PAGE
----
mike25025 494 Report post Posted July 18, 2005 This isn't really game related but I don't know where else to put it and someone here may find it interesting. Over the past few weeks I have become interested in cryptography and Ive been working on a code that could make the one time pad more practical. Ive gone through 4 revisions all of which could be broken using basic algebra. This version however, is beyond my skill level and I can see no way of breaking it. I'm hoping someone will be willing to help me. Here is how it works: Alice and Bob have two separate independent keys that are known to both of them. Both Alice and Bob have a source of independent random data. Using the random data and the keys they create a OTP using a system based off of Diffie-Hellman key exchange. Once they both have the OTP, Alice uses it to encode a message and sends it to Bob. Bob then decrypts the message. Mathematics of the system: T is the plaintext C is the ciphertext K_{a} is Alice's key K_{b} is Bob's key R_{a} is Alice's random source R_{b} is Bob's random source M is the modulo i = R_{a} + K_{a} mod M j = R_{b} + K_{b} mod M k = i + j - K_{a} - K_{b} mod M C = k + (T xor K_{a} xor K_{b}) mod M R_{a} and R_{b} are independent. M is some number of the form 2^{n} T, K_{a}, K_{b}, R_{a}, R_{b}, and k are private (Only Alice and Bob know them). i, j, M, and C are public (Everyone knows what they are). Problem: If Eve knows only i, j, M, and C what other info can she get if any? (Or how can this code be broken?) 0 Share this post Link to post Share on other sites
twanvl 512 Report post Posted July 18, 2005 Quote:k = i + j - Ka - Kb mod MC = k + (T xor Ka xor Kb) mod MHow does that work? Only Alice has Ka, and Bob has Kb, right? Or are Ka and Kb previously exchanged using Diffie-Hellman?If Alice and Bob reuse the same keys, say with data C1, C2, randomness Ra1, Ra2, etc. Then Eve can determine:i1 - i2 = Ra1 - Ra2 + Ka - Ka mod M = Ra1 - Ra2 mod Mj1 - j2 = Rb1 - Rb2 + Kb - Kb mod M = Rb1 - Rb2 mod Mk1 - k2 = i1 - i2 + j1 - j2 mod MC1 - C2 = k1 - k2 + (T1 xor Ka xor Kb) - (T2 xor Ka xor Kb) mod MC1 - C2 - (k1 - k2) = (T1 xor Ka xor Kb) - (T2 xor Ka xor Kb) mod MThis sounds like some usefull information can be derived, for example if T1 = T2, then C1 - C2 - (k1 - k2) = 0 mod M. 0 Share this post Link to post Share on other sites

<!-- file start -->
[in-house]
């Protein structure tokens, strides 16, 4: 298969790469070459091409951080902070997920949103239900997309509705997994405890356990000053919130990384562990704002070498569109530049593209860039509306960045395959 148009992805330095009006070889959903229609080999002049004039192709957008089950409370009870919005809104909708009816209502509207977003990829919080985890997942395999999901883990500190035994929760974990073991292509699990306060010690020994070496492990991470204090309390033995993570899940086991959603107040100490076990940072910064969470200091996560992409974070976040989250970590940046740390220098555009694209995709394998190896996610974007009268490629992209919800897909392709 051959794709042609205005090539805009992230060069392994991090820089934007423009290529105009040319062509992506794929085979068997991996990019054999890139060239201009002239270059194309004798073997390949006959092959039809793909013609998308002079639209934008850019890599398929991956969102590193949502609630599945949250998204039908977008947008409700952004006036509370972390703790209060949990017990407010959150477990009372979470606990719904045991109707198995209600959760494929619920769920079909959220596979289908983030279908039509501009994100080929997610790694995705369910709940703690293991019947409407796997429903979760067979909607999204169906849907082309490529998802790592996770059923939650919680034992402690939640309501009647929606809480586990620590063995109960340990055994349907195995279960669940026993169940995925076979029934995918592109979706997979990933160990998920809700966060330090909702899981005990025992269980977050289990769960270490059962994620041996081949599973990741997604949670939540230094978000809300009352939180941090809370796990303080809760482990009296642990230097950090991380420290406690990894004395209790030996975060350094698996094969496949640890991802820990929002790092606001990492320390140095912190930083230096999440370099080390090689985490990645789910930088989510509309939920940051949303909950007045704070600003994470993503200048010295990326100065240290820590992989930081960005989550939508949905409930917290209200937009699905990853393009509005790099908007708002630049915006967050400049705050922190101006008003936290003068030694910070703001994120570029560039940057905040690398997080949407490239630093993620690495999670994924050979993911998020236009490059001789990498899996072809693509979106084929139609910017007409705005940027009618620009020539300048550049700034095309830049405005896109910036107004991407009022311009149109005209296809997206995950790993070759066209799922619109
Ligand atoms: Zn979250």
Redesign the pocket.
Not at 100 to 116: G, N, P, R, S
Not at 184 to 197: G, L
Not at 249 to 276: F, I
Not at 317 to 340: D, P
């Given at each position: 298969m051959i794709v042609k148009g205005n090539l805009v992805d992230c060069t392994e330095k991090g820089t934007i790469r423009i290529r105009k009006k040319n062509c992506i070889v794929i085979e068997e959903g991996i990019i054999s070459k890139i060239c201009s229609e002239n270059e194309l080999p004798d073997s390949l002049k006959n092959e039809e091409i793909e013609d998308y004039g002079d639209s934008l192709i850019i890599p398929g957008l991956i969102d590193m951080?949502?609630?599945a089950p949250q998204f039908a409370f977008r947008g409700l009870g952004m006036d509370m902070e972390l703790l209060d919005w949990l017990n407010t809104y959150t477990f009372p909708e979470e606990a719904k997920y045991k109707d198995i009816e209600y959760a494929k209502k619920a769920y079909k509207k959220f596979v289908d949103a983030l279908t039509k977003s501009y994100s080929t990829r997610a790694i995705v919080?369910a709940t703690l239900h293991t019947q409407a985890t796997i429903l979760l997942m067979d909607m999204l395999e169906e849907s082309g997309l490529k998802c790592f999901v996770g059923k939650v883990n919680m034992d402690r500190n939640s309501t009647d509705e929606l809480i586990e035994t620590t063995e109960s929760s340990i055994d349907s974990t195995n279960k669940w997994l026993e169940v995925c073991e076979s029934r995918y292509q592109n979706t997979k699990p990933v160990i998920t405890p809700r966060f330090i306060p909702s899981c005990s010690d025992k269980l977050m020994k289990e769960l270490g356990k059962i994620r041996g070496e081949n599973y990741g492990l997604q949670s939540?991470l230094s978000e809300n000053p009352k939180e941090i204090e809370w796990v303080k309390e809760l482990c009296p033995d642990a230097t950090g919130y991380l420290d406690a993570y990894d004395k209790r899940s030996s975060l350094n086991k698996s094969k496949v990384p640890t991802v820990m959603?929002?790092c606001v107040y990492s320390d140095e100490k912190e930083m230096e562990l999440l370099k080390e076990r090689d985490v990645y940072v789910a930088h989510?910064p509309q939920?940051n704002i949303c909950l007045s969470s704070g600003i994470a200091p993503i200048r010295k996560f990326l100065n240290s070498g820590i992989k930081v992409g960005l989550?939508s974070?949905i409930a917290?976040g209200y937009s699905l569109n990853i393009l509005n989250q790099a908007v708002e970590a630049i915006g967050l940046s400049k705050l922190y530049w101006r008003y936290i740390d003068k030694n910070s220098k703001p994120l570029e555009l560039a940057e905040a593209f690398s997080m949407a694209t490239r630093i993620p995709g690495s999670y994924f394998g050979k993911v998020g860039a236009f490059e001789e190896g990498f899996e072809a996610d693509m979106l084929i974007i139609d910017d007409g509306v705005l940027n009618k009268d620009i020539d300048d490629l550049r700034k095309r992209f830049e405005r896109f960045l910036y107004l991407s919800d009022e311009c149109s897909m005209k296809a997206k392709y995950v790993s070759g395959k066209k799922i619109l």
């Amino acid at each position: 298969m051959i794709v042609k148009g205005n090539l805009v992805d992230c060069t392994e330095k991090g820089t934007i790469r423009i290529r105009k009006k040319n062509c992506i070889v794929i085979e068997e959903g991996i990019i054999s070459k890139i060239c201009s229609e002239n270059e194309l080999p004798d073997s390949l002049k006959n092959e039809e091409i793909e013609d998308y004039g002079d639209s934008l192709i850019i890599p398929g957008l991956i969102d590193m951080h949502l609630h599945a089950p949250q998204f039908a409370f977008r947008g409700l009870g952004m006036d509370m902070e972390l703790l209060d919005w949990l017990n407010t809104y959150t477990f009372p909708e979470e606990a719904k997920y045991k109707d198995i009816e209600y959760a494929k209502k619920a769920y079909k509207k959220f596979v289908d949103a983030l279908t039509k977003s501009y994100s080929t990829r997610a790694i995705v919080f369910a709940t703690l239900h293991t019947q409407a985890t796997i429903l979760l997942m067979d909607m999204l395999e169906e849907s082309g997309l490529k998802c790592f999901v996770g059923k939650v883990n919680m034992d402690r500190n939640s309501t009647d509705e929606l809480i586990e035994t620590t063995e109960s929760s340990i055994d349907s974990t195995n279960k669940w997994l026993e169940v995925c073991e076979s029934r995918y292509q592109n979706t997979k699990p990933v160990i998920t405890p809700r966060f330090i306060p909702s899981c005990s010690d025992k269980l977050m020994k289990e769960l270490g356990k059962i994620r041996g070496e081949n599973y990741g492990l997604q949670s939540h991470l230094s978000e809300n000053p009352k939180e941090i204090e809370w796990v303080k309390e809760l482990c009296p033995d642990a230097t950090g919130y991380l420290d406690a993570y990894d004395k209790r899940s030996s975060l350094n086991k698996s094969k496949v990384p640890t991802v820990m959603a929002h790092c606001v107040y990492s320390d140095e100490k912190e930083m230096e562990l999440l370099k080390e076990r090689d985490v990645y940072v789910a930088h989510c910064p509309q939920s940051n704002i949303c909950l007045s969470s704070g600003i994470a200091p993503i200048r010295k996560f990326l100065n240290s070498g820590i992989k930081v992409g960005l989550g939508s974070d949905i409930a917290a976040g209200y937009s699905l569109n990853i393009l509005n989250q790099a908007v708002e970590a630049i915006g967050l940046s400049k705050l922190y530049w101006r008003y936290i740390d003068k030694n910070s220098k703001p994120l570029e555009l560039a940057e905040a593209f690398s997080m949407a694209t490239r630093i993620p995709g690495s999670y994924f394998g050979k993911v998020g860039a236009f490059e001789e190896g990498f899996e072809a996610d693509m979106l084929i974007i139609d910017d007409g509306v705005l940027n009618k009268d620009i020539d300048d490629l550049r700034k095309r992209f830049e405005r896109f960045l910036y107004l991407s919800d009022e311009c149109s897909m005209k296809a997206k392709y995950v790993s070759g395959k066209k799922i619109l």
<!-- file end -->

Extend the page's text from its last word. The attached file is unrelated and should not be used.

mike25025 494 Report post Posted July 18, 2005 Quote:Only Alice has Ka, and Bob has Kb, right?Alice has K_{a} and K_{b}. So does Bob. The method of key transfer is not important to the problem.Also k is not known to Eve so k_{1} - k_{2} can't be solved for. Unless I missed something in your math. If I did please point it out to me. 0 Share this post Link to post Share on other sites
frostburn 380 Report post Posted July 18, 2005 OTPs were used for pretty short messages.. assuming that is still true (not transmitting serveral GB's at a time) you could store random data on a pair of CDs or DVDs and use that as OTPs. The weakest link here is the pads/keys themselves (the disks). They could be stolen or intercepted and duplicated enroute from Bob to Alice. Barring this it would be totally impossible for others to decrypt the messages. 0 Share this post Link to post Share on other sites
mike25025 494 Report post Posted July 18, 2005 I see it now. Twanvl, you broke my code [bawling].I think thats the last code that Im going try to make. Im not very good at cryptography.Thanks for your time. 0 Share this post Link to post Share on other sites